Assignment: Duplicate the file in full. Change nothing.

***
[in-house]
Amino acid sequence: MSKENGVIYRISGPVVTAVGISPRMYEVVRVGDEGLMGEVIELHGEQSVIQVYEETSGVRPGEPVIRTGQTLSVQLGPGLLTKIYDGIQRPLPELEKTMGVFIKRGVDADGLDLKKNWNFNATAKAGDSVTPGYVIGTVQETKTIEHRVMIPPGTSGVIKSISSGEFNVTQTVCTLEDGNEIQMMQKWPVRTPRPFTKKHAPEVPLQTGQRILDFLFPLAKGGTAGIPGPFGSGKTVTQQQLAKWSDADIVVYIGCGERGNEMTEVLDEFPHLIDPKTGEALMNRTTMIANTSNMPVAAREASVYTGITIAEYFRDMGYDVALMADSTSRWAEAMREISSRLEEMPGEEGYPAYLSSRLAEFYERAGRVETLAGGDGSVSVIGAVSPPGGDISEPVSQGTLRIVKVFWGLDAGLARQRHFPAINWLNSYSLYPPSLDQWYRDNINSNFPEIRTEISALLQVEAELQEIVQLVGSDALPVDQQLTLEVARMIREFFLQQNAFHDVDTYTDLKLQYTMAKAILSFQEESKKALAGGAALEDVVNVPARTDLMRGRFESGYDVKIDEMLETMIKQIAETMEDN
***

[in-house]
Amino acid sequence: MSKENGVIYRISGPVVTAVGISPRMYEVVRVGDEGLMGEVIELHGEQSVIQVYEETSGVRPGEPVIRTGQTLSVQLGPGLLTKIYDGIQRPLPELEKTMGVFIKRGVDADGLDLKKNWNFNATAKAGDSVTPGYVIGTVQETKTIEHRVMIPPGTSGVIKSISSGEFNVTQTVCTLEDGNEIQMMQKWPVRTPRPFTKKHAPEVPLQTGQRILDFLFPLAKGGTAGIPGPFGSGKTVTQQQLAKWSDADIVVYIGCGERGNEMTEVLDEFPHLIDPKTGEALMNRTTMIANTSNMPVAAREASVYTGITIAEYFRDMGYDVALMADSTSRWAEAMREISSRLEEMPGEEGYPAYLSSRLAEFYERAGRVETLAGGDGSVSVIGAVSPPGGDISEPVSQGTLRIVKVFWGLDAGLARQRHFPAINWLNSYSLYPPSLDQWYRDNINSNFPEIRTEISALLQVEAELQEIVQLVGSDALPVDQQLTLEVARMIREFFLQQNAFHDVDTYTDLKLQYTMAKAILSFQEESKKALAGGAALEDVVNVPARTDLMRGRFESGYDVKIDEMLETMIKQIAETMEDN